Brazil expects to further space tech cooperation with China

Brazil expects to further space tech cooperation with China

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“Brazil government has full confidence in China’s space technology and expects to expand cooperation with China in the field of Space Technology”. Bolo Delgad, the special envoy of the Brazilian president, made this remark at the Taiyuan Satellite Launch Center, north China’s Shanxi province, after watching the successful launch of the second earth resources satellite developed jointly by China and Brazil.

The Brazilian government expects to further cooperate with China in the field of remote sensing from space and would strive to upgrade the cooperation to new heights, he said. Besides Delgad, Brazilian ambassador to China Ouro Preto, and Jorge Guimaraes, Brazil’s vice-minister of science and technology, also watched the launch mission at the Taiyuan Satellite Launch Center.

Guimaraes called the launch a rare opportunity for Brazilian-Chinese space technology cooperation, noting that the two sides would jointly produce two more satellites of higher technological levels. He expressed the hope that besides space technology, Brazil and China would conduct more cooperation in even wider fields of science and technology in the future.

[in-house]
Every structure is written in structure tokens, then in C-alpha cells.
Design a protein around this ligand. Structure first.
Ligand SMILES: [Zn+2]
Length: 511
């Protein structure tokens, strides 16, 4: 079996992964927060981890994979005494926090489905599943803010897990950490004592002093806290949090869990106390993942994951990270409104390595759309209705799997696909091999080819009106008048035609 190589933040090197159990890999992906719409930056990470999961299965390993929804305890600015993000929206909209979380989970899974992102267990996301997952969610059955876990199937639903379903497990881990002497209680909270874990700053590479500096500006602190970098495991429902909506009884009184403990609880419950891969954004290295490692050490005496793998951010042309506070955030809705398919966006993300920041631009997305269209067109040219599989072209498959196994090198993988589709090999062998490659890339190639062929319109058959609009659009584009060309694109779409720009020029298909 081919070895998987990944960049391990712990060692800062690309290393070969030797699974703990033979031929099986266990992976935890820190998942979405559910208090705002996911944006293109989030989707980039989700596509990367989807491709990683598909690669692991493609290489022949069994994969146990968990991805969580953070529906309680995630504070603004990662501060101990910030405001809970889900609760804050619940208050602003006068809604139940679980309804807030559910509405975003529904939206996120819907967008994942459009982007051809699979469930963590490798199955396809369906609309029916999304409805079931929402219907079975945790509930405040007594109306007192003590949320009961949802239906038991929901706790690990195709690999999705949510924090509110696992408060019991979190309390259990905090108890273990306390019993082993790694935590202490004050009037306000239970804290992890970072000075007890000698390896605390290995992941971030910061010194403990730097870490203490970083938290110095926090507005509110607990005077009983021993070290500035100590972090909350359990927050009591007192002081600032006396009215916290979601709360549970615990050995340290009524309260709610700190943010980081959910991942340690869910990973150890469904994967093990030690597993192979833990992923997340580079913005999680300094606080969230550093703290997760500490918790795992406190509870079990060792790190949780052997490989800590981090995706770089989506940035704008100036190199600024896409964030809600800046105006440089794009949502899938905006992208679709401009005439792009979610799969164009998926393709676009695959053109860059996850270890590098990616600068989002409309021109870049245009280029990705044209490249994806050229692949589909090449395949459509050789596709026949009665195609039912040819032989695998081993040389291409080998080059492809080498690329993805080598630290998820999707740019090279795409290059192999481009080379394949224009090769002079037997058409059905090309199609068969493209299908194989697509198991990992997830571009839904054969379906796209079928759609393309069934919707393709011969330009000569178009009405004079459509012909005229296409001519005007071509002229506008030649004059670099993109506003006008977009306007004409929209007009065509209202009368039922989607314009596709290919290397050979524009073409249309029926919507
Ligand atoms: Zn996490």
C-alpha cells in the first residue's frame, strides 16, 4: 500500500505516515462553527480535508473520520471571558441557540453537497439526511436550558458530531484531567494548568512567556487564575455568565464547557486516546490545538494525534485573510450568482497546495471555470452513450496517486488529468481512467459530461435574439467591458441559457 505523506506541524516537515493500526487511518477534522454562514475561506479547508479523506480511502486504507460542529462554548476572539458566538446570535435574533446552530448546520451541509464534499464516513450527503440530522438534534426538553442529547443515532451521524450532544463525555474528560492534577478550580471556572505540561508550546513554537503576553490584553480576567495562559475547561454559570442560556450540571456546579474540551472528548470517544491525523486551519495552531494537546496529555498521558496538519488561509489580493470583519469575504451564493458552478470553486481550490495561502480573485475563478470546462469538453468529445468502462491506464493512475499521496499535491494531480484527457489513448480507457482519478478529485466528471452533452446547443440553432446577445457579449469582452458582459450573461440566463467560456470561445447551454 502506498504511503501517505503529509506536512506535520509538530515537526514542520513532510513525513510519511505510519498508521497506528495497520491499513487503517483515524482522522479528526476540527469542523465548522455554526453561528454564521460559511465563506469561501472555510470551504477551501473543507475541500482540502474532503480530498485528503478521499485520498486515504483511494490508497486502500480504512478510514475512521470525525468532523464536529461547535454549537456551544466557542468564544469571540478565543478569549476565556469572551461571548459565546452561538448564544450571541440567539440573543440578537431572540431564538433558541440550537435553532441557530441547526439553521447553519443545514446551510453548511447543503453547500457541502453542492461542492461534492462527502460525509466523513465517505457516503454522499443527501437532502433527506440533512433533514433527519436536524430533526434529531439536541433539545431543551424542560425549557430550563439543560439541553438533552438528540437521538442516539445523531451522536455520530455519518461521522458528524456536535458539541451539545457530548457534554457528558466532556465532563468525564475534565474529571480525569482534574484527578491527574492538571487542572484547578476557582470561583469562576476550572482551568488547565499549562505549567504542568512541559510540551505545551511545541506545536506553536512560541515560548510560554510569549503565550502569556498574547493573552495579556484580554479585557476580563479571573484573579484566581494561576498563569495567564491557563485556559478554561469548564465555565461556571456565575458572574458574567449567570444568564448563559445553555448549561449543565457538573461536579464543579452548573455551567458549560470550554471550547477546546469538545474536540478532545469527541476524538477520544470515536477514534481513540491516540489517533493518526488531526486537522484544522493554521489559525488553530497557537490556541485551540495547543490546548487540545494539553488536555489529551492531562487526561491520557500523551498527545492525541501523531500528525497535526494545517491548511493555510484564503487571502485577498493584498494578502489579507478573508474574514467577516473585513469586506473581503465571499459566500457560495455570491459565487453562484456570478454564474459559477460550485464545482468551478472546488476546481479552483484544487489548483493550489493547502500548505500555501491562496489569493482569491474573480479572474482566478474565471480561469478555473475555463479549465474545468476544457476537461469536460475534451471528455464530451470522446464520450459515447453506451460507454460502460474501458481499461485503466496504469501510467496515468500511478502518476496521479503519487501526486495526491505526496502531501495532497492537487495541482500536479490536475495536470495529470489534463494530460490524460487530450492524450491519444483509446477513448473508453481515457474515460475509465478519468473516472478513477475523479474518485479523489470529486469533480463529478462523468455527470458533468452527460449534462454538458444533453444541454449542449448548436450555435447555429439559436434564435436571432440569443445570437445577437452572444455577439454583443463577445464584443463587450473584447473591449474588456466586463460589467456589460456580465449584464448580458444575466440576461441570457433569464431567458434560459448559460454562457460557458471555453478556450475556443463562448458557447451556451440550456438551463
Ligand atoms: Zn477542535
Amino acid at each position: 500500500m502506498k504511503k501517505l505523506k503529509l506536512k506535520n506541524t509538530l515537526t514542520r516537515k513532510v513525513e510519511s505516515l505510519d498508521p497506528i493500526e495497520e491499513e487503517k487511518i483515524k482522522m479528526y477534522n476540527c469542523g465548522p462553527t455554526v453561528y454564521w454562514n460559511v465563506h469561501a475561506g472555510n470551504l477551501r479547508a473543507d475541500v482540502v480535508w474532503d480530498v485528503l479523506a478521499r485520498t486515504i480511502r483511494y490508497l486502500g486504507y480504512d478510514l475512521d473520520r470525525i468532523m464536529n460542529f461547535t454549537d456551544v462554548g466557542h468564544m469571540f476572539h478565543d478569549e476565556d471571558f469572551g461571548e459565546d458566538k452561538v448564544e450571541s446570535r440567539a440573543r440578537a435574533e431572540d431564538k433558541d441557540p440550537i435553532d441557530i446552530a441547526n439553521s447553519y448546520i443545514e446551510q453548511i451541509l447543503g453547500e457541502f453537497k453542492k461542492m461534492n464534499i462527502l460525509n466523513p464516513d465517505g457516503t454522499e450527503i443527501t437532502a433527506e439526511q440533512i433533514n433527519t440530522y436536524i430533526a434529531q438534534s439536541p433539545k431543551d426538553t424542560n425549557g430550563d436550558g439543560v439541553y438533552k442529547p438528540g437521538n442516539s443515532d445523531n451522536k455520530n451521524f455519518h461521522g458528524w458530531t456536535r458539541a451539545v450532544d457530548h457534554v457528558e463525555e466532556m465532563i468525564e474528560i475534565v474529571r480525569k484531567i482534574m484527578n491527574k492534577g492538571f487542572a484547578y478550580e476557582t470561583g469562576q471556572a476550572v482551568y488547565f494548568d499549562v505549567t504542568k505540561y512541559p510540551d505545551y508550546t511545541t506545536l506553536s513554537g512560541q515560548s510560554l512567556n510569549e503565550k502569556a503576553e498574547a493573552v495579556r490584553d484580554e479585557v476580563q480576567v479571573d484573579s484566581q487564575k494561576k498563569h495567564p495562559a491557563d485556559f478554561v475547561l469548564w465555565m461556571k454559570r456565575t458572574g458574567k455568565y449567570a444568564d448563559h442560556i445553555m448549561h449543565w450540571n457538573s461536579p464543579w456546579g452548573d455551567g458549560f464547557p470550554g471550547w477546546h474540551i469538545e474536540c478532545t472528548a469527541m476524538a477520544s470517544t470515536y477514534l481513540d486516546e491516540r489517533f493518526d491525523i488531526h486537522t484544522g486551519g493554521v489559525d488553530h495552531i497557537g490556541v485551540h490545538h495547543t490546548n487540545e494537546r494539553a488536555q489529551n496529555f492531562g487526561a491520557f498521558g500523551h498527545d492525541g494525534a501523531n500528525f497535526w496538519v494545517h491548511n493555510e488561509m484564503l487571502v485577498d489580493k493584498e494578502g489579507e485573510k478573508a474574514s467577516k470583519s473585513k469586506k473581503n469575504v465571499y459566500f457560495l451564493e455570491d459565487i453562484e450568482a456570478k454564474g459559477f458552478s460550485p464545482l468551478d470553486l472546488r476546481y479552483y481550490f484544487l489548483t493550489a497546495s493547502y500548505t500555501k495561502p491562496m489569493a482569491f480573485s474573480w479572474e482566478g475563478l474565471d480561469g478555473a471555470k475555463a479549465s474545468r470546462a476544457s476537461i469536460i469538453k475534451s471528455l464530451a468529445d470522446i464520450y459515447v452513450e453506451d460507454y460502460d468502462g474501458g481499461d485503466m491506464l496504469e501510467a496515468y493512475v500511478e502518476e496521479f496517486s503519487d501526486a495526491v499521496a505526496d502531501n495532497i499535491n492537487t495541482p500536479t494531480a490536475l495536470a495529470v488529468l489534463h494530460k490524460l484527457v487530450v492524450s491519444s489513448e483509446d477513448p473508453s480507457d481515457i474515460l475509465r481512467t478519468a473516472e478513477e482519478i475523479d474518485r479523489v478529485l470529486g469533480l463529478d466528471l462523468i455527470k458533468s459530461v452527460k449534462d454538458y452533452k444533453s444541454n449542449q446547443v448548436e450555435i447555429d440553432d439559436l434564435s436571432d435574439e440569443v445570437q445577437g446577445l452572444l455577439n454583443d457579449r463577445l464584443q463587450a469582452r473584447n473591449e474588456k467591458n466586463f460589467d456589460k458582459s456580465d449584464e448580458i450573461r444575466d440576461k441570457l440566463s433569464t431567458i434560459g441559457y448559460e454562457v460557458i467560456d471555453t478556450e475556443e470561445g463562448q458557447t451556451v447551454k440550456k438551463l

The second Sino-Brazilian earth resources satellite and another China-made small satellite were launched into different pre-set orbits atop a Long March IV B carrier rocket, which blast off at 11:16 a.m. (Beijing Time) Tuesday from the center. The satellite was designed to monitor the earth’s land resources changes, survey arable lands, and pastures or grasslands, monitor natural and human disasters, offer information on aquatic farming and environmental pollution, and explore mineral resources. Weighing 1,550 kg and with a designed service lifespan of two years, it was developed by the China Academy of Space Technology in cooperation with Brazilian National Institute for Space Research.

The previous Sino-Brazilian earth resource satellite, launched on Oct. 14 ,1999 from the same launch center, has outlived its planned two-year service term but remains operational in orbit.